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Cars affordability: Cheapest since 1980

Comerica Bank's 'Auto Affordability Index' shows average American works 23.6 weeks to buy a car.



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NEW YORK ( -- It may not seem like it, but cars today are cheaper than they've been in the past 25 years.

According to Michigan-based Comerica Bank's "Auto Affordability Index," it now takes 23.6 weeks of America's median family income to afford a new car. That's 2.8 weeks less than it took at the end of 1995.

It's slightly longer than it took in 1980, the second year the index was computed, according to Comerica.

Including finance charges, the average passenger vehicle sold in the third quarter of 2006 cost $26,500. That's about five percent less than the same period a year before.

Meanwhile, the average family income has risen five percent over the same period, according to Comerica.

Improved productivity in the auto industry has combined with intense competitive pressures to drive the cost of a new car downward since its high in 1994, said Dana Johnson, chief economist at Comerica.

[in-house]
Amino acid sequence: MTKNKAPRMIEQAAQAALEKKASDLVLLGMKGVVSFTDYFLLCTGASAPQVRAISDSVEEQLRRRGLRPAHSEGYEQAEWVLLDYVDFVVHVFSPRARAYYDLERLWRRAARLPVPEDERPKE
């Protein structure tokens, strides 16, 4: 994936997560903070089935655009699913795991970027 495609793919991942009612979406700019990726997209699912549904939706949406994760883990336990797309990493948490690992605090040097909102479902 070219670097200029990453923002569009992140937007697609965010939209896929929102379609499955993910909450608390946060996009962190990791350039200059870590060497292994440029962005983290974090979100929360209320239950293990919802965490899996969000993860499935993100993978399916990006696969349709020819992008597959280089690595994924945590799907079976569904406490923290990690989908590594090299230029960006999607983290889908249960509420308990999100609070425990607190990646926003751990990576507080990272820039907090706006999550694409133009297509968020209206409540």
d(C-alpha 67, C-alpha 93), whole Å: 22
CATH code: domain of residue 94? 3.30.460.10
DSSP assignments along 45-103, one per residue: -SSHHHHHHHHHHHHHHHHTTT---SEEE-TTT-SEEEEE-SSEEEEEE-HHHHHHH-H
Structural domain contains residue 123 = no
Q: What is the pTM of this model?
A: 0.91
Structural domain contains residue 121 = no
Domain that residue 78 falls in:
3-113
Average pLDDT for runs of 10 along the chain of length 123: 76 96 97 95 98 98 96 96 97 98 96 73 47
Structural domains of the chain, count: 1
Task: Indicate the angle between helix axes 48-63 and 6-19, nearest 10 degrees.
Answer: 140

"It's a pretty happy story for the consumer," said Johnson.

Low promotional financing rates plus a shift by consumers toward more fuel-efficient models, which tend to cost less, also helped push down the average cost of a car in recent months, said Johnson.

For example, consumers might opt for a well-equipped Ford Fusion, a midsize car, instead of a well-appointed full-size Ford Five Hundred, Johnson said.

The Auto Affordability Index will probably not stay this low, said Johnson. Once auto retailers clear out their inventories of 2006 models, those super-low interest rate deals will probably dry up, he said.

Also, now that gas prices have leveled off, the demand for more fuel efficient models is easing. That means buyers will again turn to larger models which also tend to cost more.

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